The courts’ interpretation of MPPAA has extended the liability beyond the company that contributed to the fund to related corporations and partnerships that are under common control. 29 U.S.C. §1301(b)(1); see also Brown v. Astro Holdings, Inc., 385 F.Supp.2d 519, (E.D. Penn. 2005). “Companies are essentially held to be under common control when they are linked by either a parent corporation or group of five or fewer individuals who control 80% of a company’s voting shares or profits.” Id. If a company subject to withdrawal liability is linked through “common control” to a related company, the companies will be held jointly and severally liable. Id; see also 26 C.F.R. §§1.414(c)-1 to 1.414(c)-5. Fortunately, as a general rule, the courts have not pierced the corporate veil and found company owners personally liable, in the absence of fraud. Scarbrough v. Perez, 870 F.2d 1079, (6th Cir. 1989).

In the recent Brown case, however, the judge did pierce the corporate veil finding that the withdrawn company and the alleged alter ego company were “inextricably intertwined” and that the owners “failed to maintain corporate formalities” such that they “have effectively merged into a single enterprise akin to a partnership under which separate personalities of the corporation do not exist.” Id. The court also found “nothing in the legislative history of the MMPPA that would indicate Congress intended to foreclose the use of veil piercing and allow individuals who abuse the corporate form to escape liability.” Id.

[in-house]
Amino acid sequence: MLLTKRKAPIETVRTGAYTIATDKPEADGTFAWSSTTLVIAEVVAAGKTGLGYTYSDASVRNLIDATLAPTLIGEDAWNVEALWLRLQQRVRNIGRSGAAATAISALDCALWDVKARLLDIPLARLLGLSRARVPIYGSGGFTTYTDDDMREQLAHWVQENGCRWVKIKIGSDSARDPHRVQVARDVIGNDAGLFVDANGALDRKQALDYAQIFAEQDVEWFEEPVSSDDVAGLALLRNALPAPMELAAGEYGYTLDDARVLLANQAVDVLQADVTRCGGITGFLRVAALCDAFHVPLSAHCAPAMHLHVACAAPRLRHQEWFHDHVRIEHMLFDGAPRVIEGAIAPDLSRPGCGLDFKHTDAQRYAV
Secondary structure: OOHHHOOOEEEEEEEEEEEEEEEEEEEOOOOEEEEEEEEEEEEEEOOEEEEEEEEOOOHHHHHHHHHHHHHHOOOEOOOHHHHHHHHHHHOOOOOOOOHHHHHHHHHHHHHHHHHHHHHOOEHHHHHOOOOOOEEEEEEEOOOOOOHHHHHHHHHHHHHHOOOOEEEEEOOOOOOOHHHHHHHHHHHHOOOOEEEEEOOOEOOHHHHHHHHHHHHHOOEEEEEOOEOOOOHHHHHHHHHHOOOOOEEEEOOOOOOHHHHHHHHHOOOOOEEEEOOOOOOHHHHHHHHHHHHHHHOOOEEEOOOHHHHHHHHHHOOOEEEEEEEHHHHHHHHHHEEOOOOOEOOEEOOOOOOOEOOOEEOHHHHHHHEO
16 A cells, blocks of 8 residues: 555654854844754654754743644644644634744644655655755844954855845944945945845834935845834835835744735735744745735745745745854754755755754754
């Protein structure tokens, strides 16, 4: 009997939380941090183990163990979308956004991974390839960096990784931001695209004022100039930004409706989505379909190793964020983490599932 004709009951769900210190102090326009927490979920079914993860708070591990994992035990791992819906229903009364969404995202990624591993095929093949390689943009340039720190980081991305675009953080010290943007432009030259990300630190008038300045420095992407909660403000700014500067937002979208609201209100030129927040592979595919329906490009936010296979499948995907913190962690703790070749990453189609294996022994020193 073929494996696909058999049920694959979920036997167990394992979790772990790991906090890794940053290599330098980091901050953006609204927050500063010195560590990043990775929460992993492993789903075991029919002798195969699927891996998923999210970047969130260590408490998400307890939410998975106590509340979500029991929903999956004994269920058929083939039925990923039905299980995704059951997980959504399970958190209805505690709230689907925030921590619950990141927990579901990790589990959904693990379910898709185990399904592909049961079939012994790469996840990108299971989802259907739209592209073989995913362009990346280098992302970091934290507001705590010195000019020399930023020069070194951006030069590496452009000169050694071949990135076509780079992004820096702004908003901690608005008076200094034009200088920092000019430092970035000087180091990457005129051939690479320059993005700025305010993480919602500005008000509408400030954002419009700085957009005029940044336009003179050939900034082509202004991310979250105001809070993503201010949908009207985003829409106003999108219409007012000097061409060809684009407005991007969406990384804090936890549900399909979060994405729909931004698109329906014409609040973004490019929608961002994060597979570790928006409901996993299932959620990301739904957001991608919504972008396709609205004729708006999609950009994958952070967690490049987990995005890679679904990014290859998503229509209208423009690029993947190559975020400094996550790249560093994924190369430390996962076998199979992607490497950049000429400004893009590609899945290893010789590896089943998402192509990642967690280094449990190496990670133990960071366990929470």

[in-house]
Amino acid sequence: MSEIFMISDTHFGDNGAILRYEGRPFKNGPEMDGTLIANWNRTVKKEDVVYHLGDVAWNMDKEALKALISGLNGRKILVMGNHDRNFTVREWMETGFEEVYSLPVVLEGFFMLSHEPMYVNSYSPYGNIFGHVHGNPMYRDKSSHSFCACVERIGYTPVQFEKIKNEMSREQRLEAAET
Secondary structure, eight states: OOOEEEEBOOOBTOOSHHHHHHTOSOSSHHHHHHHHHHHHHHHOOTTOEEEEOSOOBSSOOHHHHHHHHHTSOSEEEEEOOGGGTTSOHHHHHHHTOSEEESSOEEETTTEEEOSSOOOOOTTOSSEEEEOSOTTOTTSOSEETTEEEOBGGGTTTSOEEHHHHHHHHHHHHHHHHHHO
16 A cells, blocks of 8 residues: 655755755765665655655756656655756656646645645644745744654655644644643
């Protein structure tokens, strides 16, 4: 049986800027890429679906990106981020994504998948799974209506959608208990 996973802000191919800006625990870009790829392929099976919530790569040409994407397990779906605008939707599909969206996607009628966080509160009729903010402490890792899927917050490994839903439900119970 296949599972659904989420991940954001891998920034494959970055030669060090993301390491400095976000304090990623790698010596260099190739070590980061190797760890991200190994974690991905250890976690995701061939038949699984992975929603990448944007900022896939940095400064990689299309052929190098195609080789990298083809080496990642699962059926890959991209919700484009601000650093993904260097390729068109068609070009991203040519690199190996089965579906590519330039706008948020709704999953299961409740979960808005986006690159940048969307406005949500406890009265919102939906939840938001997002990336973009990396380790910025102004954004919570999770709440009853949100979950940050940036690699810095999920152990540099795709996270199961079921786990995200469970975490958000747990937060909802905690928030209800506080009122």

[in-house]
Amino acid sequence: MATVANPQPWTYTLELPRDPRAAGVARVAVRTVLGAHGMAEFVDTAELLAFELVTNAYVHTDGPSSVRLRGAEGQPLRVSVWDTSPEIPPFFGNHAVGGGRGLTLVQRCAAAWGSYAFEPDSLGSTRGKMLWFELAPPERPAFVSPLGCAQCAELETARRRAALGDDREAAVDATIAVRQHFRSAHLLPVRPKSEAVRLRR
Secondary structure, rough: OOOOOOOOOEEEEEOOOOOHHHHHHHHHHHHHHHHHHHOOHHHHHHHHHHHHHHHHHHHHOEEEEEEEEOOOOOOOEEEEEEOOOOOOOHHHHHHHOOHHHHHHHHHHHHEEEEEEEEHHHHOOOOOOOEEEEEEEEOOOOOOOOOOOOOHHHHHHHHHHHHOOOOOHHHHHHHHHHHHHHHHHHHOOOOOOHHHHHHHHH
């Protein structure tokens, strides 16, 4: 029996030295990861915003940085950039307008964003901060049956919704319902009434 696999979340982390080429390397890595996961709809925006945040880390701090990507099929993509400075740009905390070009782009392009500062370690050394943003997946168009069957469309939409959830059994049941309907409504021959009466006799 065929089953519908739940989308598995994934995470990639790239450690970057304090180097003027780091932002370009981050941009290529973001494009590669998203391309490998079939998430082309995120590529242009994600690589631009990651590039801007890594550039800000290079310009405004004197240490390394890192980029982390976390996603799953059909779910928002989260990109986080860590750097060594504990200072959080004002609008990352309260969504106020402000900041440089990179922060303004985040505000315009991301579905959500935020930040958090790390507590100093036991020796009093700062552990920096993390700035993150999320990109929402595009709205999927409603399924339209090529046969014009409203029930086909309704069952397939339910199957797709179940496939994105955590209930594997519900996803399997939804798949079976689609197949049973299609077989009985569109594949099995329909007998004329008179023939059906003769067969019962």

If the threat of being assessed liability for something that you did not control and could not prevent is troubling to you, there are some things that can be done to manage and minimize this risk depending on your business model and goals.

Pension Protection Act of 2006

In an effort to improve the financial health of defined benefit pension plans, Congress recently passed the Pension Protection Act of 2006 (the “Act”), which applies to plan years after January 31, 2007. Generally, the Act tightens requirements for the calculation of actuarial assumptions, funding formulas, and liability under the Act.